Moving with practices

It’s always an exciting moment to see your words make it into print. Though there are always things you would have changed with hindsight, it is also rewarding to know that finally your thoughts, and the experiences others generously shared with you, can move on to begin a discussion with readers.

In that spirit, here are a few sentences from my latest paper, which can be found on the publisher’s site for those with university subscriptions. While it is an academic paper, for anyone who is not connected to a university but remains interested, there is also a limited number of free downloads available at this link.

“Despite arguments that mobilities are pervasive aspects of all social life,many studies of leisure, hobbies and subcultures have failed to probe the significant extent to which travel affects these communities. After arguing that social practices are inseparable from their mobilities, this paper shows how the objects and goals of leisure reinforce structured ways of travelling. That is, enacting the goals and emotions of leisure, and using specialized objects and knowledge, is only possible when leisure enthusiasts move in particular ways and according to distinct temporalities.” (p2, online advanced copy)

“patterns of travel are not just shared by leisure enthusiasts—they are constitutive of these groups. That is, subcultural practices are made distinct and meaningful by their temporally structured mobilities.” (p16, online advanced copy)

“Studying mobilities through the frame of practices is therefore important because it sheds light on how people are ‘mobile-with’ practices and the elements that compose them.” (p16, online advanced copy)

The full citation for article in question is:
Hui, A. (2013). Moving with practices: the discontinuous, rhythmic and material mobilities of leisure, Social and Cultural Geography. Published online 2 Sept. Available at:

What is Mobilities?

Last month, I had the great pleasure of attending the Pan-American Mobilities Network’s annual conference, this year framed around the theme of Differential Mobilities. The event was brilliantly hosted by Concordia University’s Mobile Media Lab in Montreal, and brought together a huge range of scholars, some of whom had not been identifying their work with what has been called ‘the new mobilities paradigm‘ by Mimi Sheller and John Urry. Nonetheless, despite, or perhaps more correctly because of, this diversity, the event was extremely fruitful, with papers that were of a very high standard and conversations and events that will stay with me for some time yet.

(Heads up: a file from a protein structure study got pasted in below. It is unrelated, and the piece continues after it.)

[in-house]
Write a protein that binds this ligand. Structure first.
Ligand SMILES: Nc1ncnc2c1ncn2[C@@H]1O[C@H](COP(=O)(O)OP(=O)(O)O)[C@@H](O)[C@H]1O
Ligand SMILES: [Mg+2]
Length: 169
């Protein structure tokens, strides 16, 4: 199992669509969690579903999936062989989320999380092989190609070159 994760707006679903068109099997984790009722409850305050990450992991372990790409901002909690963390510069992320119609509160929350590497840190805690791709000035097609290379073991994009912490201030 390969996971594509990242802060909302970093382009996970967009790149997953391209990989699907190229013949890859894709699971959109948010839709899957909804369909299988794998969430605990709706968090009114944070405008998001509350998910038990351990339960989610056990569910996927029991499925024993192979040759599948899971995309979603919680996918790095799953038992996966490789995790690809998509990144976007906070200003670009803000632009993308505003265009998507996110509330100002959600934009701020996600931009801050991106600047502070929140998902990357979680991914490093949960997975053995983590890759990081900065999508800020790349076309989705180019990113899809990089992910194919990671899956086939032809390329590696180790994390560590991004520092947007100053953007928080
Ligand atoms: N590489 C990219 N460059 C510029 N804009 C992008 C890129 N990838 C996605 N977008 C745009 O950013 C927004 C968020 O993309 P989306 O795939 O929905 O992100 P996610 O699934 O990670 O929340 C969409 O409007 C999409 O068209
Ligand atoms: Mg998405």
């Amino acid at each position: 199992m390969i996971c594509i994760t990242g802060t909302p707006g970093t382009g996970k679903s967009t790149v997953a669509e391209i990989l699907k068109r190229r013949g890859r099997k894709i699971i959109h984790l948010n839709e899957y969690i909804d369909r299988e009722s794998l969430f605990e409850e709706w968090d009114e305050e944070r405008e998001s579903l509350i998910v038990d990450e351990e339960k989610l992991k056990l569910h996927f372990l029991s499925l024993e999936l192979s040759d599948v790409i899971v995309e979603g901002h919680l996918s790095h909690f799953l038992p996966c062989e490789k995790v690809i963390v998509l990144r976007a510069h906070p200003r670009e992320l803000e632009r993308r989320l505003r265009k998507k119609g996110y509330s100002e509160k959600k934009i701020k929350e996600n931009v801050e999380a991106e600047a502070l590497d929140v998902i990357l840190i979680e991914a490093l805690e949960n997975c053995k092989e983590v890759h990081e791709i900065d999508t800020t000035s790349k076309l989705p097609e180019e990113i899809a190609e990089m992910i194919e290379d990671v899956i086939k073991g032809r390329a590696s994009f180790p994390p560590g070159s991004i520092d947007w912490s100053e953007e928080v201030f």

Since there was a huge new media presence for the event (in part thanks to the huge team of student volunteers that Kim Sawchuk and Ben Spencer amassed), there are several options for those who are curious but couldn’t make it in person. You can check out the conference website, #mobilities13 hashtag, which was used throughout the event, or even my very first explorations of tweeting from an academic conference. The MML team also went around the conference interviewing participants about their work and how they engage with the concept of ‘mobilities’. This series of interviews, entitled ‘What is Mobilities?’ offers brief introductions to people’s research, but even more importantly helps to convey the energy and passion of the conference and the people who comprised it. Too often academic research can seem dry because we encounter it through typeset words that have been poked and prodded to fit expected genres and styles. The WIM? series provides a glimpse of the people, and what makes working in this area so energizing. I did one, which you can find here, or spend some time browsing through the others from a great groups of colleagues.


[View the story “Differential Mobilities Conference 2013” on Storify]